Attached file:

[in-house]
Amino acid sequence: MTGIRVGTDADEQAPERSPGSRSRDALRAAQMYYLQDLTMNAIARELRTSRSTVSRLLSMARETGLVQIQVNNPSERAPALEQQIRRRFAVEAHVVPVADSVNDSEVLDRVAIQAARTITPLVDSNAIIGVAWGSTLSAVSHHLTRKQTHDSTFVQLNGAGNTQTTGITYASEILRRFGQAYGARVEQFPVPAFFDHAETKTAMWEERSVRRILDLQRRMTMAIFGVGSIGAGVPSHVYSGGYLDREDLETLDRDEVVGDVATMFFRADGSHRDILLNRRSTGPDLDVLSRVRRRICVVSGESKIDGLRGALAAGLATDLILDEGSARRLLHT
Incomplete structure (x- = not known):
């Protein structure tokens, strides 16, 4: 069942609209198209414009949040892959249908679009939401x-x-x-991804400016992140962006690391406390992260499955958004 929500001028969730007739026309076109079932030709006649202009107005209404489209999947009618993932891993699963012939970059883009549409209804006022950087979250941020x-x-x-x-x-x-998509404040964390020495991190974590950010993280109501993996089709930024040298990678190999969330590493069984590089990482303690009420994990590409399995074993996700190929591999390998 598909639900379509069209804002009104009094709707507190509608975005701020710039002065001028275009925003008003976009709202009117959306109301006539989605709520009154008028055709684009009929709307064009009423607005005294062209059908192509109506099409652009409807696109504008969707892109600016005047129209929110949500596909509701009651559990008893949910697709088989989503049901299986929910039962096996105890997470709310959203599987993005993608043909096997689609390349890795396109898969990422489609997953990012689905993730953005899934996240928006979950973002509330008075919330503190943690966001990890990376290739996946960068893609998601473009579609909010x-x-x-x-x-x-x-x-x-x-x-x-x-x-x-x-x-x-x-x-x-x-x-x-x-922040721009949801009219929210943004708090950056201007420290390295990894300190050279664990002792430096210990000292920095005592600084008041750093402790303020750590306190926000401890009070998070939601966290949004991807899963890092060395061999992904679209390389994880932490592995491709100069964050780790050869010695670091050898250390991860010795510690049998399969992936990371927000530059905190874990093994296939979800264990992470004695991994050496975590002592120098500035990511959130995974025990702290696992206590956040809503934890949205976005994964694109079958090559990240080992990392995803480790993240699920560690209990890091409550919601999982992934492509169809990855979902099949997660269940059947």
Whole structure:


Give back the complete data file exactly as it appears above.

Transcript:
[in-house]
Amino acid sequence: MTGIRVGTDADEQAPERSPGSRSRDALRAAQMYYLQDLTMNAIARELRTSRSTVSRLLSMARETGLVQIQVNNPSERAPALEQQIRRRFAVEAHVVPVADSVNDSEVLDRVAIQAARTITPLVDSNAIIGVAWGSTLSAVSHHLTRKQTHDSTFVQLNGAGNTQTTGITYASEILRRFGQAYGARVEQFPVPAFFDHAETKTAMWEERSVRRILDLQRRMTMAIFGVGSIGAGVPSHVYSGGYLDREDLETLDRDEVVGDVATMFFRADGSHRDILLNRRSTGPDLDVLSRVRRRICVVSGESKIDGLRGALAAGLATDLILDEGSARRLLHT
Incomplete structure (x- = not known):
């Protein structure tokens, strides 16, 4: 069942609209198209414009949040892959249908679009939401x-x-x-991804400016992140962006690391406390992260499955958004 929500001028969730007739026309076109079932030709006649202009107005209404489209999947009618993932891993699963012939970059883009549409209804006022950087979250941020x-x-x-x-x-x-998509404040964390020495991190974590950010993280109501993996089709930024040298990678190999969330590493069984590089990482303690009420994990590409399995074993996700190929591999390998 598909639900379509069209804002009104009094709707507190509608975005701020710039002065001028275009925003008003976009709202009117959306109301006539989605709520009154008028055709684009009929709307064009009423607005005294062209059908192509109506099409652009409807696109504008969707892109600016005047129209929110949500596909509701009651559990008893949910697709088989989503049901299986929910039962096996105890997470709310959203599987993005993608043909096997689609390349890795396109898969990422489609997953990012689905993730953005899934996240928006979950973002509330008075919330503190943690966001990890990376290739996946960068893609998601473009579609909010x-x-x-x-x-x-x-x-x-x-x-x-x-x-x-x-x-x-x-x-x-x-x-x-x-922040721009949801009219929210943004708090950056201007420290390295990894300190050279664990002792430096210990000292920095005592600084008041750093402790303020750590306190926000401890009070998070939601966290949004991807899963890092060395061999992904679209390389994880932490592995491709100069964050780790050869010695670091050898250390991860010795510690049998399969992936990371927000530059905190874990093994296939979800264990992470004695991994050496975590002592120098500035990511959130995974025990702290696992206590956040809503934890949205976005994964694109079958090559990240080992990392995803480790993240699920560690209990890091409550919601999982992934492509169809990855979902099949997660269940059947």
Whole structure: